Increasing in popular appeal since its inception in 1992, Evenings on Campus has become a regular summer fixture in Malta’s cultural calendar. The opening evening this summer was entrusted to pianist Tricia Dawn Williams, leading pianist in Malta in the contemporary and avant garde genres.

Dubbed Transition it was held at the Old University Theatre in Valletta. As with all the recitals she presents, Williams prepares works which are either new to local audiences or as a sort of reminder – a work which she has performed before and which had left a striking impression and effect. Her dedication to her art is there for all to see and feel, combining a strong personality and sensitivity.

An example of the former case was the first piece, Atau Tanaka’s Suspensions. Originally composed in 2009, it was reworked this year “to wear a widely available wearable interface, the Thalmic Labs Mzo, and in this form was given its world premiere on the evening.

It turned out to be a pretty amazing work combining an EMG or Electromzogram signals with other familiar use of the hands, but when the score calls for it, the pianist with superb muscular control and thanks to a particular device manages to influence the sound of the piano with abrupt movements bring the music to a sudden stop, as if suspended in mid-air.

This work, as did many of the other works in the programme, explored and stretched beyond anything one had ever heard as to the tonal possibilities of the instrument. The work was made possible thanks to the gener-ous support of the European Research Council under the EU Seventh Framework Programme.

Composer Ruben Zahra, who often collaborates with Williams, introduced every piece she performed. He was also in charge of the electronic aspect of the performance, projecting on the screen in the background images, designs and signals which were synchronised with the music.

Performed with determined zest and energy

Zahra composed the music of Pounding in 2007 but produced the video this year. This is the fruit of his experiments with photography and video editing. The work could be very tense at times as the pianist, with her playing, seemed to be inflicting scares on the very expressive face of a female model.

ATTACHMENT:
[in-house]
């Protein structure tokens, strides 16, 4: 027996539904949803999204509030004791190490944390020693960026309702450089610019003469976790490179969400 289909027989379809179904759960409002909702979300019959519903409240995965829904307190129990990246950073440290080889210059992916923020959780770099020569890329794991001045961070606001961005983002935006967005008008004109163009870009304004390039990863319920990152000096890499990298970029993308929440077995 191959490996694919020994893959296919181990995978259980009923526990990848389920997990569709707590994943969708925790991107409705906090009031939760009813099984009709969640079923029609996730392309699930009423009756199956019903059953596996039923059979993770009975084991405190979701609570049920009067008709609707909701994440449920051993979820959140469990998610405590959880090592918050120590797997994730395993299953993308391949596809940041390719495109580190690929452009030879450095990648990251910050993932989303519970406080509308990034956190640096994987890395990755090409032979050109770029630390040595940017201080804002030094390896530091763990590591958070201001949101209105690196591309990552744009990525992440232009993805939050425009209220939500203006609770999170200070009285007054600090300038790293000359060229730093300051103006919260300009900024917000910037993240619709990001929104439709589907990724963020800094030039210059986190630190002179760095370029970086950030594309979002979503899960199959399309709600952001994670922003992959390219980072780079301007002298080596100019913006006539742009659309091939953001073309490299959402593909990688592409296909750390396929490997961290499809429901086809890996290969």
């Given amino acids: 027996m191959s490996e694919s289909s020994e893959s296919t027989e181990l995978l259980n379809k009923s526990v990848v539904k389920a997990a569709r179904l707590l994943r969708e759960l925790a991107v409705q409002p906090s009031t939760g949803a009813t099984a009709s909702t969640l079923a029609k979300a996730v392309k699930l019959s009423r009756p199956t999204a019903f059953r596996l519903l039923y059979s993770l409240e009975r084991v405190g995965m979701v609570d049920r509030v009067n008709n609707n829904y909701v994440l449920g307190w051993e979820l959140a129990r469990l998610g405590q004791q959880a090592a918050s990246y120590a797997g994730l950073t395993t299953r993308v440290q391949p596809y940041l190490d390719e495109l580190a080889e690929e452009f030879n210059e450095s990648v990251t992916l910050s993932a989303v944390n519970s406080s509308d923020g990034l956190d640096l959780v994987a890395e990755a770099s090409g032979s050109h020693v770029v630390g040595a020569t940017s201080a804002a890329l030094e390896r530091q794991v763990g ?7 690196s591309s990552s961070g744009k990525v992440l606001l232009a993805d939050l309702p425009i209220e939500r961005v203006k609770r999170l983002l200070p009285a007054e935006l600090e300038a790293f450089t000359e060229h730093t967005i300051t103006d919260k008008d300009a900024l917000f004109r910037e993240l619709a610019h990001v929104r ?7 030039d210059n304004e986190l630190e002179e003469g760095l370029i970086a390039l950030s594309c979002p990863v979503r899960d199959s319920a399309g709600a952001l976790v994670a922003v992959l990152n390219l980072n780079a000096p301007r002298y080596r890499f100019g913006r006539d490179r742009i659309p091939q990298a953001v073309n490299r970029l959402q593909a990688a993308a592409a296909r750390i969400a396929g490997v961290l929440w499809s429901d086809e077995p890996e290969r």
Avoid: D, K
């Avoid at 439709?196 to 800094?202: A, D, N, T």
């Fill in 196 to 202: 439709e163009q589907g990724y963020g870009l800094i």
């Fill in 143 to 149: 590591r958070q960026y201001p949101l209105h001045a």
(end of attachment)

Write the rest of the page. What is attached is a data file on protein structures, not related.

There is a lot of wrapping and unwrapping of bandages, especially of the head. The presence of scars hits one but the continued emergence of the face without any sign of damage arejuxtaposed with contrasting sections of melodic and purely rhythmic ones.

This powerful work was followed by the last of Henry Cowell’s Three Irish Legends, composed in 1920 and thus the oldest work in the programme. The Voice of Lir is beautiful and haunting, yet could be pretty relentless too.

There is a strong cosmic and epic quality to it and it was performed with determined zest and energy. In Piano Counterpoint for piano and tape, the audience was entertained to an arrangement made in 2011 by Vincent Corver for solo piano and four pre-recorded piano parts. It is based on a work, Piano Store, composed in 1973 by Steve Reich originally for all pianos in a piano store but eventually scored for six upright pianos.

The performance highlighted the fascinating sonic differences from the original via amplification and solo part in which some of the melodic phrases are an octave higher which enriches the sound.

Equally powerful and very stark, a study in loneliness and despair, obsessive behaviour and the isolation of an elderly person in a metropolitan context was Transit for piano and video dating from 2009 and composed by Michel van der Aa.

I had seen and heard this work in another recital by Williams whose virtuoso qualities in the relentless portrayal of manic obsessive behaviour highlight a very common problem in this modern world of ours in which utter isolation and loneliness exist side by side with crowded, uncaringly busy urban life. It sends a very powerful message.

The exploratory nature of George Crumb’s Makrokosmos Vol 2, Part 2, for amplified piano, taxes the piano’s resources to its limits. The hands do use the keyboard but the strings are plucked by both fingertips and fingernails.

A number of glissandi and special pedal work, traditional colours, basic technique and other effects create an extremely rich sound with a very wide dynamic range.

All very finely handled and projected by the pianist who deserved the very appreciative response of the audience.

Comments

Comments not loading? We recommend using Google Chrome or Mozilla Firefox with javascript turned on.
Comments powered by Disqus